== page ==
Cross-posted to and .


Aug. 22nd, 2011 02:26 pm
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book coverSmile by Raina Telgemeier. Smile is the true story of a girl navigating middle and high school with the dreaded braces. Already somewhat insecure, Raina is horrified when two of her front teeth get knocked out. The solution is oral surgery, braces, and even headgear at night. How can she even have a chance at looking cool? Along the way, she deals with band, an earthquake, starts to get interested in boys, and navigates the decidedly treacherous waters of friendship. Though it’s solidly set in San Francisco in the early 1990s, anyone who’s experienced middle or high school will find common ground with Raina. Here, the graphic novel format really helped the setting stay in the background while the characters stood out. This is a disarmingly honest story of a journey from insecurity to self-discovery, with braces. It is well deserving of its recent Eisner award.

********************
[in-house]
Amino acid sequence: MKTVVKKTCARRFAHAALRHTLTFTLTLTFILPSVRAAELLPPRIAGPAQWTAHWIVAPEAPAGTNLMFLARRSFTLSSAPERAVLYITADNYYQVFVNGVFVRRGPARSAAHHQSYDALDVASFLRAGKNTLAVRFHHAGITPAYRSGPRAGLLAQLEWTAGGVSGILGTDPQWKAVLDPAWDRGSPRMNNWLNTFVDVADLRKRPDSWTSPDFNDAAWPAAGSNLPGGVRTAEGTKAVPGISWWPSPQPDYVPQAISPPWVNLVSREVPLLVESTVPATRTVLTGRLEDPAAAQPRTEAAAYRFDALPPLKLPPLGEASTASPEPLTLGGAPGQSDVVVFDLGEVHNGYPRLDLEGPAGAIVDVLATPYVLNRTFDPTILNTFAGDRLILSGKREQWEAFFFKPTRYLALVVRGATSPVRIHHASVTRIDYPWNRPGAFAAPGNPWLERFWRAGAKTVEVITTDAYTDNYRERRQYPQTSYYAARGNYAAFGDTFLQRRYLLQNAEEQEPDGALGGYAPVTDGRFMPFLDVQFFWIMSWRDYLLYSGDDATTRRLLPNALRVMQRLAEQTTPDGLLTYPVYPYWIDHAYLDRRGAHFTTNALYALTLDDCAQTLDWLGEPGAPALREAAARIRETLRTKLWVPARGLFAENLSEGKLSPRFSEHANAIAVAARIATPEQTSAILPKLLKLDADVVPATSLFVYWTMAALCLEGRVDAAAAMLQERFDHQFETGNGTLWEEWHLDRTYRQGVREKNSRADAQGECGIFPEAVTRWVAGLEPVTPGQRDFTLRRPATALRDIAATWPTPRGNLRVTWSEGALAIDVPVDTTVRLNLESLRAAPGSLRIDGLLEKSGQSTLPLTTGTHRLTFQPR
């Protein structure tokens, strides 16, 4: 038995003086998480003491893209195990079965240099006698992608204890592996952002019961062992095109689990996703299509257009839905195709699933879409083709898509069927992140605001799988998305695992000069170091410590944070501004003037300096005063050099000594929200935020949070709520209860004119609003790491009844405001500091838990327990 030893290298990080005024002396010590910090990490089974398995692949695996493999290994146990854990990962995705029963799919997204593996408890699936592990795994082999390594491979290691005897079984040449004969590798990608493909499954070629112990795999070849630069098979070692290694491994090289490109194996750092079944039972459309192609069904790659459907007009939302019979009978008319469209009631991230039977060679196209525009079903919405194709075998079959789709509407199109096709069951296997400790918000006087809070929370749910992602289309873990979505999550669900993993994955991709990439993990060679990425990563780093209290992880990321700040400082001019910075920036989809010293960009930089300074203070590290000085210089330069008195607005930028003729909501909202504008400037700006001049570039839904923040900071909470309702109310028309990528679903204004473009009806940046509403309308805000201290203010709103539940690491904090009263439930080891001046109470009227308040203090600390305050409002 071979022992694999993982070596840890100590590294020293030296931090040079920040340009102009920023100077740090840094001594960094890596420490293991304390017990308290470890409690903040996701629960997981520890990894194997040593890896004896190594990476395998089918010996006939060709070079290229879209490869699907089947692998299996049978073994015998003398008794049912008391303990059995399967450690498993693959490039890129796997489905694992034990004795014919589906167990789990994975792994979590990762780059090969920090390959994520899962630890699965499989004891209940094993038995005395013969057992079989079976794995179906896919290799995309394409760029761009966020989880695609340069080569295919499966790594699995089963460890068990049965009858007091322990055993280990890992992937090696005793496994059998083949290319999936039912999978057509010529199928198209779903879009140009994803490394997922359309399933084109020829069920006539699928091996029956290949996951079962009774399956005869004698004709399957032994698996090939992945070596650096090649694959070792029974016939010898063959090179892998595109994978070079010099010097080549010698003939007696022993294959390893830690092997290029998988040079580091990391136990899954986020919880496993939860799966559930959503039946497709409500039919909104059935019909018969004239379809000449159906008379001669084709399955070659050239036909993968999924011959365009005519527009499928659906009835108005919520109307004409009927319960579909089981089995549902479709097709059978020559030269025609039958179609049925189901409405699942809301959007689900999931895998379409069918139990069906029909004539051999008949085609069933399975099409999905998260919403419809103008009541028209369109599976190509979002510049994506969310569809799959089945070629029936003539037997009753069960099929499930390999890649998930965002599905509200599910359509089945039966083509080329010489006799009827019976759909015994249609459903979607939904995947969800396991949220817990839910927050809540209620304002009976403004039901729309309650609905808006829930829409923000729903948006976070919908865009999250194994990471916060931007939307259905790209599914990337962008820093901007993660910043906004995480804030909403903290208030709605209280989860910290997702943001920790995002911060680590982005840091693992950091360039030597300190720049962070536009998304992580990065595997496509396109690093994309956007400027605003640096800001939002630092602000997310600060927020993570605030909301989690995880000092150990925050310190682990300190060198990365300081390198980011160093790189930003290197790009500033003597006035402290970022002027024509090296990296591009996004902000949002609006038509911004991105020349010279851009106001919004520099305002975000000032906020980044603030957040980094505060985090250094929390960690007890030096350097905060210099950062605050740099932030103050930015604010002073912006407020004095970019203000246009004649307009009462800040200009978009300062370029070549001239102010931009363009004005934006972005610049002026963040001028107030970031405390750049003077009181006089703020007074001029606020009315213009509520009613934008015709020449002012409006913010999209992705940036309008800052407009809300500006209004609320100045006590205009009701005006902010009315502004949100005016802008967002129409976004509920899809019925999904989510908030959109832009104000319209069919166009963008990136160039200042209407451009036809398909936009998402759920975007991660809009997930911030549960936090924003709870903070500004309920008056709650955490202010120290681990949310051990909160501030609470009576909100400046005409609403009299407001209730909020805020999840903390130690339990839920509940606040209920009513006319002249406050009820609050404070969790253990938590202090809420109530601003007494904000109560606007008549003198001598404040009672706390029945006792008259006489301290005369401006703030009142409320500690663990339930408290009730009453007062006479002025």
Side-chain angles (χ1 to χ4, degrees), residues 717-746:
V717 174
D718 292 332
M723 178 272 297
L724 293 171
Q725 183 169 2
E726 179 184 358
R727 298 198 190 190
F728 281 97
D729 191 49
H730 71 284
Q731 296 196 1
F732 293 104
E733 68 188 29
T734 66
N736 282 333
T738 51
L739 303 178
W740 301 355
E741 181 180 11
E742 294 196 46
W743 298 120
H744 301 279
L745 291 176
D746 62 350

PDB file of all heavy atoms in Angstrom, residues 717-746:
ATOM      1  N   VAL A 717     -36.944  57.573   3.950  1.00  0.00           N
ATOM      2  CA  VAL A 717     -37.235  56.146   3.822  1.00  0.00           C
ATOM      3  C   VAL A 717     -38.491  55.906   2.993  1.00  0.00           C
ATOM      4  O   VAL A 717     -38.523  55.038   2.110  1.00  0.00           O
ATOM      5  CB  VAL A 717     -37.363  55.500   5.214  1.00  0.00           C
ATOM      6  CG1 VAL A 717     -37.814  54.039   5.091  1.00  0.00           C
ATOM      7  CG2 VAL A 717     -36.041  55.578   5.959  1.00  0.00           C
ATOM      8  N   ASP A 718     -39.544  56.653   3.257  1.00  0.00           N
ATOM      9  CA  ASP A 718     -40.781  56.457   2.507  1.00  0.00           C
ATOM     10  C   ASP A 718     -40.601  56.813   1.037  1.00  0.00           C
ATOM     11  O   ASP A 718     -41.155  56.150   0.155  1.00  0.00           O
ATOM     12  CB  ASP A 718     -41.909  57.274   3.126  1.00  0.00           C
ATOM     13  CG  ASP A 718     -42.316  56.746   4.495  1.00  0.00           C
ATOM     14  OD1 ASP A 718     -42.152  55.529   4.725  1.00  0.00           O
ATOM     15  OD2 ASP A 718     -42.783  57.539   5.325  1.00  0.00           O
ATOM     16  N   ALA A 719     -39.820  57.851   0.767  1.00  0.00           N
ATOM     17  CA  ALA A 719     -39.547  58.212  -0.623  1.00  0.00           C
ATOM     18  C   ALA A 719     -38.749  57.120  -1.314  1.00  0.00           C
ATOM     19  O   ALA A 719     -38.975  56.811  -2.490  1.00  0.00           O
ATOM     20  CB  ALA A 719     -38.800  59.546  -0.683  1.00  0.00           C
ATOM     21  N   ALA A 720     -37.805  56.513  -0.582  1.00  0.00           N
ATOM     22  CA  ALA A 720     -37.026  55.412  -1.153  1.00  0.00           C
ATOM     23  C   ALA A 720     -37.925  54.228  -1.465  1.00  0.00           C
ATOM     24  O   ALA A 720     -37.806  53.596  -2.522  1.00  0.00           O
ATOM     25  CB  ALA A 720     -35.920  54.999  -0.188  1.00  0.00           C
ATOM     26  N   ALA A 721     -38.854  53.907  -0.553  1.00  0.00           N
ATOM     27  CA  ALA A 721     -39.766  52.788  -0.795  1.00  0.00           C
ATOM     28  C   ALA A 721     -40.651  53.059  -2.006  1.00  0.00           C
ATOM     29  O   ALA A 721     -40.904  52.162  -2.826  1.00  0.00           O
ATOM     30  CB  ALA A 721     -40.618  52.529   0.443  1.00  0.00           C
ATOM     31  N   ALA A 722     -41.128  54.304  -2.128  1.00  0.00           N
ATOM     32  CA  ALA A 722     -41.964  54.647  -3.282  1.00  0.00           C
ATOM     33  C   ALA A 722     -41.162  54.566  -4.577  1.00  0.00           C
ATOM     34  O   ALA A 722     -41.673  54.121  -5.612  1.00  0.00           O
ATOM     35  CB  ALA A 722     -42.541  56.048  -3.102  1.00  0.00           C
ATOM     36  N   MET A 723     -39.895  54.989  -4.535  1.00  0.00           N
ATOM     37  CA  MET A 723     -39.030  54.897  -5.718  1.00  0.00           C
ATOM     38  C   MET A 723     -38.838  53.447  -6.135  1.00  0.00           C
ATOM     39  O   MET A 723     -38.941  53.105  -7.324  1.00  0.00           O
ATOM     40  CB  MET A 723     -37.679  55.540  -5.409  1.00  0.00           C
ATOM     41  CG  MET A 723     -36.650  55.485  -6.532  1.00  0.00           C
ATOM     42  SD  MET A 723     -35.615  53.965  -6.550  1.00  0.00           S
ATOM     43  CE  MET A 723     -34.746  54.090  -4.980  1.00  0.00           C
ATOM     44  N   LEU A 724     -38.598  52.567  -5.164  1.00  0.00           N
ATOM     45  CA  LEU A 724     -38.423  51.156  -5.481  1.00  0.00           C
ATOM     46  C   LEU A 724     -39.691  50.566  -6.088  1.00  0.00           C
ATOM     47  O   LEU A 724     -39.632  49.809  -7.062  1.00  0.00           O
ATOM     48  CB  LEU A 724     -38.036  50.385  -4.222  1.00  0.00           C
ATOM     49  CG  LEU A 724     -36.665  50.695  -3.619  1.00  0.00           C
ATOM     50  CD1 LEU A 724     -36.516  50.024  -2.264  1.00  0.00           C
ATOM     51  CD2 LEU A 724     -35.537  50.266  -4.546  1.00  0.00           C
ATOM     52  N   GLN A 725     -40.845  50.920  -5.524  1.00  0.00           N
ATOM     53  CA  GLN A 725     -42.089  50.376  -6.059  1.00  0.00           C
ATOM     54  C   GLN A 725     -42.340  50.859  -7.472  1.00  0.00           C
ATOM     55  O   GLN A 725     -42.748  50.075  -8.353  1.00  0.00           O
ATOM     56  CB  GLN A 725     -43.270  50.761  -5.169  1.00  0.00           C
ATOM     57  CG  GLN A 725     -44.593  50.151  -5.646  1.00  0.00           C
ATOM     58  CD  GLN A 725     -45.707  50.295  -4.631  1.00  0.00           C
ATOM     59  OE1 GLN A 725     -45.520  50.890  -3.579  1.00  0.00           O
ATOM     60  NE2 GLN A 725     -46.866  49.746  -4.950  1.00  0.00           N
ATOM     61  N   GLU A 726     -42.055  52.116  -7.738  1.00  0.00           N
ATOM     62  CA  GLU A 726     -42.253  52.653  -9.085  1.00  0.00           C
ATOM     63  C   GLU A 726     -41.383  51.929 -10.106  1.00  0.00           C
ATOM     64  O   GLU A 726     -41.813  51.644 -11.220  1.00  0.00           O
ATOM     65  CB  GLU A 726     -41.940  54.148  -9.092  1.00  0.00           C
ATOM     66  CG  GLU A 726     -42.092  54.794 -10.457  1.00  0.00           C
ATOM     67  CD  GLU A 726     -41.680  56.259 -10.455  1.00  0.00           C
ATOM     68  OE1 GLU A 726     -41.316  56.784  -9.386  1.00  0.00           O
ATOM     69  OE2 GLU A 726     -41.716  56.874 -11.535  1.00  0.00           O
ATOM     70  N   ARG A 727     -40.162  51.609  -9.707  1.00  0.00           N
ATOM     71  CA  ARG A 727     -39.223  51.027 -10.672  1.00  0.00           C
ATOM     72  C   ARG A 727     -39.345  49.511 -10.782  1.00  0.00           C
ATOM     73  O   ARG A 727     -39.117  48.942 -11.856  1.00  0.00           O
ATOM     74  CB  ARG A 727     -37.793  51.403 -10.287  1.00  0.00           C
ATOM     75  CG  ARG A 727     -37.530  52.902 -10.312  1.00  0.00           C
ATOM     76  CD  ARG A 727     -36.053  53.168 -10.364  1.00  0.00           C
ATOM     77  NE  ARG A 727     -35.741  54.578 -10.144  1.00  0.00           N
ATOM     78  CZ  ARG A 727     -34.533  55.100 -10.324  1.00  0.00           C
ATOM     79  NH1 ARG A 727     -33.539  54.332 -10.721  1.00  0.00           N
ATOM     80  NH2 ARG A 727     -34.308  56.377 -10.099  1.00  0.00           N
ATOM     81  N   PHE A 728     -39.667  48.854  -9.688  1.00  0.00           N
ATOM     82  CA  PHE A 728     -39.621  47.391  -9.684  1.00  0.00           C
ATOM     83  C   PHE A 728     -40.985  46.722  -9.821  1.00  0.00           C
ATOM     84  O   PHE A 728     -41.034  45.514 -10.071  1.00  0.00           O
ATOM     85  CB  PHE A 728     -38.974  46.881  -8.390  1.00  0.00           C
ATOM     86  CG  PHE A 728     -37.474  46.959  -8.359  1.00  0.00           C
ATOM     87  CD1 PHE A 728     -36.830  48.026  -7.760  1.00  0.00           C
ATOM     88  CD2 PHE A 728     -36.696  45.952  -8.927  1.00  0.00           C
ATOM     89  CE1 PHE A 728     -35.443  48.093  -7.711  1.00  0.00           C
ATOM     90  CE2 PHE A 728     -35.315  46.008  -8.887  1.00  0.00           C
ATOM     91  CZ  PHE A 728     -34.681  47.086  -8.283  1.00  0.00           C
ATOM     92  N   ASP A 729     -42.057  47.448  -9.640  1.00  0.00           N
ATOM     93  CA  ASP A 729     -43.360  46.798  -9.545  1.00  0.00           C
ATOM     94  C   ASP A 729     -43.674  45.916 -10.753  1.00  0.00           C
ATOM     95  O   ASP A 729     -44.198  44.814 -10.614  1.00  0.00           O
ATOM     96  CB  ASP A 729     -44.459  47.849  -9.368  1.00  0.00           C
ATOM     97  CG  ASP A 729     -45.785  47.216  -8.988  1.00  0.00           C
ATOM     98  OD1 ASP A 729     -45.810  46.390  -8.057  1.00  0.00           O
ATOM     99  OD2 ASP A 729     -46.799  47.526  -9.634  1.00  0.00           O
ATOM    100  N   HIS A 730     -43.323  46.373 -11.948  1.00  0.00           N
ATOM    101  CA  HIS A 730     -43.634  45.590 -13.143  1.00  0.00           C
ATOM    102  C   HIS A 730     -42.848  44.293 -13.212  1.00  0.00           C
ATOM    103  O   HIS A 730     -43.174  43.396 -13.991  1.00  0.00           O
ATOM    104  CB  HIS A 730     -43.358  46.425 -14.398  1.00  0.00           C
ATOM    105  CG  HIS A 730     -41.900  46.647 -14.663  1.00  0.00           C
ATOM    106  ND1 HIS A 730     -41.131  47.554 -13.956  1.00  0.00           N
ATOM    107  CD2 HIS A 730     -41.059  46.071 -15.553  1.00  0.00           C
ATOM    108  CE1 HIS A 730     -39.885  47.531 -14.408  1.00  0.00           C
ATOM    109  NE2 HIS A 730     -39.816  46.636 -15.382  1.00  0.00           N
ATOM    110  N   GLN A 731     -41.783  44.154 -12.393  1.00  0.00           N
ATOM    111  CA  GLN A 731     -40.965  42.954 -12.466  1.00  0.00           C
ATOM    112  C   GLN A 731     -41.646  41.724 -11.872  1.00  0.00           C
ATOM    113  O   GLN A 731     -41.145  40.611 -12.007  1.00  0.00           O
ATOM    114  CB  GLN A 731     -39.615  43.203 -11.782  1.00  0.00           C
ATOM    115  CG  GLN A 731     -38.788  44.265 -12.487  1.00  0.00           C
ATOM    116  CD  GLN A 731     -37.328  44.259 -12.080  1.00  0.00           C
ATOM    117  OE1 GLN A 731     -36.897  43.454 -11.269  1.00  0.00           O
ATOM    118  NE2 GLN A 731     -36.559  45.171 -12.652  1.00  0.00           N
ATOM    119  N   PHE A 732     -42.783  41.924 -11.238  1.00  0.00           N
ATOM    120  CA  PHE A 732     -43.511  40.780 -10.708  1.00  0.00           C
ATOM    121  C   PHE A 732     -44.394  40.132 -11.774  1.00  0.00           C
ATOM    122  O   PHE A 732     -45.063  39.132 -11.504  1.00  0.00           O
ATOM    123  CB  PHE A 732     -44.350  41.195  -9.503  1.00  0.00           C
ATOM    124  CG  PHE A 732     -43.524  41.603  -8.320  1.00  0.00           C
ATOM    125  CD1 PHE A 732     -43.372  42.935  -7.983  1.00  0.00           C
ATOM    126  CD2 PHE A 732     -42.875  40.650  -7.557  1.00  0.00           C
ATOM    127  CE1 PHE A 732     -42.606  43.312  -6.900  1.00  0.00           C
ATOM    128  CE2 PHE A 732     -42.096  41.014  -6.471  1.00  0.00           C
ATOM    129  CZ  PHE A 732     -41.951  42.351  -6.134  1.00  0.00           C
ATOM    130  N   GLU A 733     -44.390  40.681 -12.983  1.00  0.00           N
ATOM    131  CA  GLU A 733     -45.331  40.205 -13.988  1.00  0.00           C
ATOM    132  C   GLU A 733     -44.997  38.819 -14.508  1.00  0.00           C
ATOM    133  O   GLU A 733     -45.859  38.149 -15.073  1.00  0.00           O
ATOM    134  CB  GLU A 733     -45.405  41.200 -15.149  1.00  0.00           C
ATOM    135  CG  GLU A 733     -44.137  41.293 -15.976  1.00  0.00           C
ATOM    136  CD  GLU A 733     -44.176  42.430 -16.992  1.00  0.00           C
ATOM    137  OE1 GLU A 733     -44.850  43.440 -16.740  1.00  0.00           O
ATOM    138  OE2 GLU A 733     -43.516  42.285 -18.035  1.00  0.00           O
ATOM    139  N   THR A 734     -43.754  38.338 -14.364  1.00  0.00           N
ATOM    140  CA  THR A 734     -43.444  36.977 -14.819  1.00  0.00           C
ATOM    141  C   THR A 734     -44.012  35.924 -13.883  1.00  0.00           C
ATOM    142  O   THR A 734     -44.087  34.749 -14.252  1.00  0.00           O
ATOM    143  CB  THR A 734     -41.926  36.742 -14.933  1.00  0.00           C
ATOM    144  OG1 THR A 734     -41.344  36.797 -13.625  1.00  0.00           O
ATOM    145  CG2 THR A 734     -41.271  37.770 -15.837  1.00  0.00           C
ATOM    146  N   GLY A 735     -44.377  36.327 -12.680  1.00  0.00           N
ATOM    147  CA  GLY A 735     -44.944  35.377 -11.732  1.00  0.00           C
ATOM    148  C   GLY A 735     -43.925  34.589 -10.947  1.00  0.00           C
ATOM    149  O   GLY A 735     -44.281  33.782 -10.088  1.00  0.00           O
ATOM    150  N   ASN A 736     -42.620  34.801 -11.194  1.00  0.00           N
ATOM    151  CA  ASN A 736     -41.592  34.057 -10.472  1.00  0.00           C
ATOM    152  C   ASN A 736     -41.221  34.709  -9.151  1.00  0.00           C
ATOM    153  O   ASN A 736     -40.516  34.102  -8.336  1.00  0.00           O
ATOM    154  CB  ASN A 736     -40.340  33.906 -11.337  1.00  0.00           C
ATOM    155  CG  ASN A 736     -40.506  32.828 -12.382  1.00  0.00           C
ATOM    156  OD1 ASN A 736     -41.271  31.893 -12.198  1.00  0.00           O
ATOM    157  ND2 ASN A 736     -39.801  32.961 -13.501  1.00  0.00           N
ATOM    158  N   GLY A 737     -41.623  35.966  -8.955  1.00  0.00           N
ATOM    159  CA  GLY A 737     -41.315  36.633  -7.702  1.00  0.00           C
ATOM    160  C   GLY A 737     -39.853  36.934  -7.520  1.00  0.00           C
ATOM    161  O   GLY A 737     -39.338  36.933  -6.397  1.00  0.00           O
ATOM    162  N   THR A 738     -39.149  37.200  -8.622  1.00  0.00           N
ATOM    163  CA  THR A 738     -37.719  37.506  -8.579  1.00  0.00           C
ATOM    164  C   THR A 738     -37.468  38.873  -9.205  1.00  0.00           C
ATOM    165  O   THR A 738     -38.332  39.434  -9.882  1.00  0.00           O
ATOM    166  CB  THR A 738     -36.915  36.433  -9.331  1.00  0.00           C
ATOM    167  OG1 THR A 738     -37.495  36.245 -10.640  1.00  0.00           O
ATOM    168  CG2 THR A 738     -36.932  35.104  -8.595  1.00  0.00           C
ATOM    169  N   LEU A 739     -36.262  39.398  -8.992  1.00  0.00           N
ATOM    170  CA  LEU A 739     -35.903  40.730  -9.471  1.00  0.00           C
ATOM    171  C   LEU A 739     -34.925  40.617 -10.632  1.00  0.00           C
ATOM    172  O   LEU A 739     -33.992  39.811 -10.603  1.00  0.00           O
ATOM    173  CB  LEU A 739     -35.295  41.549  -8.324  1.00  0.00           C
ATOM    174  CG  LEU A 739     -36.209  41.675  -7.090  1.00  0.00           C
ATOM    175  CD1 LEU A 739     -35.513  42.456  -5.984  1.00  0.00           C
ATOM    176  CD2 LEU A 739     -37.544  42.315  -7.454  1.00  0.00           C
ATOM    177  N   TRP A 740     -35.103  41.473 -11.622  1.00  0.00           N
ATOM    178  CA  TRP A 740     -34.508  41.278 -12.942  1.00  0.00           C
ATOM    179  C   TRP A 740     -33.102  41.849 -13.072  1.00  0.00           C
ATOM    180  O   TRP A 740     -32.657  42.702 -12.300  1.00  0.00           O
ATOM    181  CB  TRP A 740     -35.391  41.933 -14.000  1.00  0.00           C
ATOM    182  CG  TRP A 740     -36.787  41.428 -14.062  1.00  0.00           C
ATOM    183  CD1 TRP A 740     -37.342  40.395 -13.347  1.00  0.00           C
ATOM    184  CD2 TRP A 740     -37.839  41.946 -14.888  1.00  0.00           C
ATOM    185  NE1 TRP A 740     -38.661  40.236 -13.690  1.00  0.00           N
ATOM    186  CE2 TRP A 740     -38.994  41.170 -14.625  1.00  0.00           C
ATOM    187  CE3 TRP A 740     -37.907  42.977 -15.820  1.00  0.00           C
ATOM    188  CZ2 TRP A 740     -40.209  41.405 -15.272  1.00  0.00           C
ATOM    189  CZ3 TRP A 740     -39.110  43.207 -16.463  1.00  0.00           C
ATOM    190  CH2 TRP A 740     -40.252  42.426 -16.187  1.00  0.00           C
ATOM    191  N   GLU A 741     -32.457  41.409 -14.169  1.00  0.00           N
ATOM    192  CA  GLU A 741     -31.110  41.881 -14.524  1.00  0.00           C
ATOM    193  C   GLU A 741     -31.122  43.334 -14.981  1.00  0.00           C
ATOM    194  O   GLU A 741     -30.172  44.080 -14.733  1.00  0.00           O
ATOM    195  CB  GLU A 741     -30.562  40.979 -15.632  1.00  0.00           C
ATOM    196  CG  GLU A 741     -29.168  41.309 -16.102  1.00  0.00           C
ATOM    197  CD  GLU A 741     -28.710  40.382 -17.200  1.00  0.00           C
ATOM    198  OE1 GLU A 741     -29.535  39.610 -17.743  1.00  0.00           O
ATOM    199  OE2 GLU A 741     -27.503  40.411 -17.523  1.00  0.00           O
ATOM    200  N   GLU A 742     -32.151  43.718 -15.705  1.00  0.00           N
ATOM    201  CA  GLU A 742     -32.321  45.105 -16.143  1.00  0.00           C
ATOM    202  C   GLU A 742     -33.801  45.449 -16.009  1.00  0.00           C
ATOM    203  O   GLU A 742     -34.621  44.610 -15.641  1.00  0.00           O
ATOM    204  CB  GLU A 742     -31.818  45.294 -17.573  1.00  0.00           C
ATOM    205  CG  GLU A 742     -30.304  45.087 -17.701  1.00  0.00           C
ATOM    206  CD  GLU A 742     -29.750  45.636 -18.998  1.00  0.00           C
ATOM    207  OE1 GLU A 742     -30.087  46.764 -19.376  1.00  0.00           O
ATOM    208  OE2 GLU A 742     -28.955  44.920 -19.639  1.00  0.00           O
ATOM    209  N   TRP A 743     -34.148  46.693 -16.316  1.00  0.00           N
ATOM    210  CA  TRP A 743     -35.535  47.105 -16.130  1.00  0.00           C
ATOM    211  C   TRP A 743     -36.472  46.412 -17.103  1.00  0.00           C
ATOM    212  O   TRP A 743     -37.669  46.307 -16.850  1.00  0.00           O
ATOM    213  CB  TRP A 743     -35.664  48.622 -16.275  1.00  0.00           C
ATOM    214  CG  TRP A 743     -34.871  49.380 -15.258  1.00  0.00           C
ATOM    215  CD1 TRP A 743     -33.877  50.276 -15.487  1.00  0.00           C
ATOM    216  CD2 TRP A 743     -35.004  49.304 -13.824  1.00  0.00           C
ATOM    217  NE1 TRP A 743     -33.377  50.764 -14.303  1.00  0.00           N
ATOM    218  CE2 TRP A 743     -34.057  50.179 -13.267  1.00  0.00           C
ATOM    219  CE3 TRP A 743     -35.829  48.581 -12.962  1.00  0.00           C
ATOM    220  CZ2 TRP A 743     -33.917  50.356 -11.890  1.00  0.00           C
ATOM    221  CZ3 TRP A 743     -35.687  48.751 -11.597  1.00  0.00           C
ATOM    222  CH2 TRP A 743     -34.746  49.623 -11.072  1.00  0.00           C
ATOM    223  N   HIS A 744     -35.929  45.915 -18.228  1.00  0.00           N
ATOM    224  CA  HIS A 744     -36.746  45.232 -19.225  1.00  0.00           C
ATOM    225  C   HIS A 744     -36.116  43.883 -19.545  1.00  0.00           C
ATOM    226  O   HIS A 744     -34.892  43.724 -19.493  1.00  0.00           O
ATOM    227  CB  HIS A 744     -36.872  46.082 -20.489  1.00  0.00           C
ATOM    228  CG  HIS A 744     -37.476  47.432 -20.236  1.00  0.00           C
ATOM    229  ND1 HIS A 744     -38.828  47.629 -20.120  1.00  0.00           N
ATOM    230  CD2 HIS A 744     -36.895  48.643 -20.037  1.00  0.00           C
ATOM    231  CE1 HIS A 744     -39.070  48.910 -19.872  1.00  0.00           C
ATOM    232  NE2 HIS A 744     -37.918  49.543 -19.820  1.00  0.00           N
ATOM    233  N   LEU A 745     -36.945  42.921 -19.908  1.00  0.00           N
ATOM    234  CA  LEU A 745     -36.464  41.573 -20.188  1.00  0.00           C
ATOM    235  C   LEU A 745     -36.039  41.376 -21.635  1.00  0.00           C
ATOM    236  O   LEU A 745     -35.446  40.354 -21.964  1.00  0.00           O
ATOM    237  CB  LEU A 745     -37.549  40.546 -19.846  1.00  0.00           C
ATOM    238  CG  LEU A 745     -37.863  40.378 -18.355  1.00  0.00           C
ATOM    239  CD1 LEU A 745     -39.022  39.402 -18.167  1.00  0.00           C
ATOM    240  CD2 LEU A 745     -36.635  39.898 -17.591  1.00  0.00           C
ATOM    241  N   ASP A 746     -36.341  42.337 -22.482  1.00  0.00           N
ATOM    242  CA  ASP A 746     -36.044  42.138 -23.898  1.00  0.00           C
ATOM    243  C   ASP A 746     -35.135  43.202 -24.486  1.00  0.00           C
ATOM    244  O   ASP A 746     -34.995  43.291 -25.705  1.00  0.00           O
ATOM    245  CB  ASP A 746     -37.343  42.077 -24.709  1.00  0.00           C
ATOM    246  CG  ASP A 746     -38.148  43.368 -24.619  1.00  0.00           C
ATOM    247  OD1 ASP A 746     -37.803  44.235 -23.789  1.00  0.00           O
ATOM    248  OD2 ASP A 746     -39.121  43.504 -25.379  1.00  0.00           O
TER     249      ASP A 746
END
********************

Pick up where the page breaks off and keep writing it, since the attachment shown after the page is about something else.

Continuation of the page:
Originally posted at .
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book coverAn Abundance of Katherines by John Green. Read by Jeff Woodman This has been on my reading list for a while, though, as our teen librarian thought I would enjoy it, and she has Magic Powers regarding knowing what books I will like. Our hero, former child prodigy Colin Singleton, is heart-broken, feeling like he has a hole in his gut. He has just been dumped for the nineteenth time by a girl named Katherine. His best friend, Hassan, who doesn’t believe in dating at all, takes him on a road trip to help him recover. They wind up in tiny Gutshot, Tennessee, where they are hired to help with an oral history project for the factory there. They make friends with the owner’s daughter, Lindsay Leigh Wells, while Colin tries to make a mathematical formula to predict the future of relationships. Green makes the book thoughtful and very very funny, and I loved every minute of listening to it (except for one or two minutes when I knew that Colin was about to do something really stupid.)